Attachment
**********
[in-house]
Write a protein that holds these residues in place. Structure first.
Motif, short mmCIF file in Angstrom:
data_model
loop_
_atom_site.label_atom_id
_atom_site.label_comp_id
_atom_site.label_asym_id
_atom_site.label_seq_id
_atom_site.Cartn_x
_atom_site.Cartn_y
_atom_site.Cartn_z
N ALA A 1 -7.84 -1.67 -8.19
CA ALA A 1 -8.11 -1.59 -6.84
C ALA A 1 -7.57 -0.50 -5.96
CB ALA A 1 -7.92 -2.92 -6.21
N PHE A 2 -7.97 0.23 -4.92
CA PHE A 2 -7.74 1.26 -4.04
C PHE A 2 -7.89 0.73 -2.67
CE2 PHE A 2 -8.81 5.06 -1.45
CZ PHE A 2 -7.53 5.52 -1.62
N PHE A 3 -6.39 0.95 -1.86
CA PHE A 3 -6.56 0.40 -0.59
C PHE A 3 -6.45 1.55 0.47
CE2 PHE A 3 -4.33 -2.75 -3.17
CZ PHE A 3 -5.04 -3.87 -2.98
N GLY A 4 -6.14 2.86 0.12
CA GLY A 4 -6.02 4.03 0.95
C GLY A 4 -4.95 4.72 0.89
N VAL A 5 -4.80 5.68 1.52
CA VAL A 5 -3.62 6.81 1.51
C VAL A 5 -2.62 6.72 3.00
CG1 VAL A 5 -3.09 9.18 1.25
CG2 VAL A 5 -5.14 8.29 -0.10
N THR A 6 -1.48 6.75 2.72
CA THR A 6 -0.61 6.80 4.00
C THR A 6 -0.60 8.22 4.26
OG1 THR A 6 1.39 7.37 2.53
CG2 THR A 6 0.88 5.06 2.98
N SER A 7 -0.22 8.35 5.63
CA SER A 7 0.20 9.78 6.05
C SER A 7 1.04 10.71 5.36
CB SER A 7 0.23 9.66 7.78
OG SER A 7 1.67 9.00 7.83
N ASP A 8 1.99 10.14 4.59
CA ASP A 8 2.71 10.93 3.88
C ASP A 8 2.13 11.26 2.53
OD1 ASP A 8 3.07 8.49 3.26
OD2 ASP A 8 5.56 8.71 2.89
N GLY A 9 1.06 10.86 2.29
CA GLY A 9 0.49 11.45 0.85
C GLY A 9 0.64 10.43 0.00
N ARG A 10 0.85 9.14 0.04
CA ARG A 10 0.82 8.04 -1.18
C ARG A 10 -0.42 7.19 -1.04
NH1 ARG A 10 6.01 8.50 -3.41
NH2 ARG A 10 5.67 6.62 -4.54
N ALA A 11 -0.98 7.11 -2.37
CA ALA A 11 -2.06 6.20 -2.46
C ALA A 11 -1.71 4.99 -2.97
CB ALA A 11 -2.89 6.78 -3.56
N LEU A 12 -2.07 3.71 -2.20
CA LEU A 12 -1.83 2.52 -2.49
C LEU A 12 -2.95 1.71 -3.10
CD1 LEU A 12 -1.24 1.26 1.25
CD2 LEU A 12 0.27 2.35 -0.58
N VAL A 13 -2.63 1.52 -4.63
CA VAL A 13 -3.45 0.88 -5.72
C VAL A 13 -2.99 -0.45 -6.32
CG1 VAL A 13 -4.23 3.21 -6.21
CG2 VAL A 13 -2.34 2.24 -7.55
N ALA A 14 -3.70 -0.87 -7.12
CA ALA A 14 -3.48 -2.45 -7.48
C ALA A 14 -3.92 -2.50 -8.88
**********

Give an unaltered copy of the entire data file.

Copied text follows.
[in-house]
Write a protein that holds these residues in place. Structure first.
Motif, short mmCIF file in Angstrom:
data_model
loop_
_atom_site.label_atom_id
_atom_site.label_comp_id
_atom_site.label_asym_id
_atom_site.label_seq_id
_atom_site.Cartn_x
_atom_site.Cartn_y
_atom_site.Cartn_z
N ALA A 1 -7.84 -1.67 -8.19
CA ALA A 1 -8.11 -1.59 -6.84
C ALA A 1 -7.57 -0.50 -5.96
CB ALA A 1 -7.92 -2.92 -6.21
N PHE A 2 -7.97 0.23 -4.92
CA PHE A 2 -7.74 1.26 -4.04
C PHE A 2 -7.89 0.73 -2.67
CE2 PHE A 2 -8.81 5.06 -1.45
CZ PHE A 2 -7.53 5.52 -1.62
N PHE A 3 -6.39 0.95 -1.86
CA PHE A 3 -6.56 0.40 -0.59
C PHE A 3 -6.45 1.55 0.47
CE2 PHE A 3 -4.33 -2.75 -3.17
CZ PHE A 3 -5.04 -3.87 -2.98
N GLY A 4 -6.14 2.86 0.12
CA GLY A 4 -6.02 4.03 0.95
C GLY A 4 -4.95 4.72 0.89
N VAL A 5 -4.80 5.68 1.52
CA VAL A 5 -3.62 6.81 1.51
C VAL A 5 -2.62 6.72 3.00
CG1 VAL A 5 -3.09 9.18 1.25
CG2 VAL A 5 -5.14 8.29 -0.10
N THR A 6 -1.48 6.75 2.72
CA THR A 6 -0.61 6.80 4.00
C THR A 6 -0.60 8.22 4.26
OG1 THR A 6 1.39 7.37 2.53
CG2 THR A 6 0.88 5.06 2.98
N SER A 7 -0.22 8.35 5.63
CA SER A 7 0.20 9.78 6.05
C SER A 7 1.04 10.71 5.36
CB SER A 7 0.23 9.66 7.78
OG SER A 7 1.67 9.00 7.83
N ASP A 8 1.99 10.14 4.59
CA ASP A 8 2.71 10.93 3.88
C ASP A 8 2.13 11.26 2.53
OD1 ASP A 8 3.07 8.49 3.26
OD2 ASP A 8 5.56 8.71 2.89
N GLY A 9 1.06 10.86 2.29
CA GLY A 9 0.49 11.45 0.85
C GLY A 9 0.64 10.43 0.00
N ARG A 10 0.85 9.14 0.04
CA ARG A 10 0.82 8.04 -1.18
C ARG A 10 -0.42 7.19 -1.04
NH1 ARG A 10 6.01 8.50 -3.41
NH2 ARG A 10 5.67 6.62 -4.54
N ALA A 11 -0.98 7.11 -2.37
CA ALA A 11 -2.06 6.20 -2.46
C ALA A 11 -1.71 4.99 -2.97
CB ALA A 11 -2.89 6.78 -3.56
N LEU A 12 -2.07 3.71 -2.20
CA LEU A 12 -1.83 2.52 -2.49
C LEU A 12 -2.95 1.71 -3.10
CD1 LEU A 12 -1.24 1.26 1.25
CD2 LEU A 12 0.27 2.35 -0.58
N VAL A 13 -2.63 1.52 -4.63
CA VAL A 13 -3.45 0.88 -5.72
C VAL A 13 -2.99 -0.45 -6.32
CG1 VAL A 13 -4.23 3.21 -6.21
CG2 VAL A 13 -2.34 2.24 -7.55
N ALA A 14 -3.70 -0.87 -7.12
CA ALA A 14 -3.48 -2.45 -7.48
C ALA A 14 -3.92 -2.50 -8.88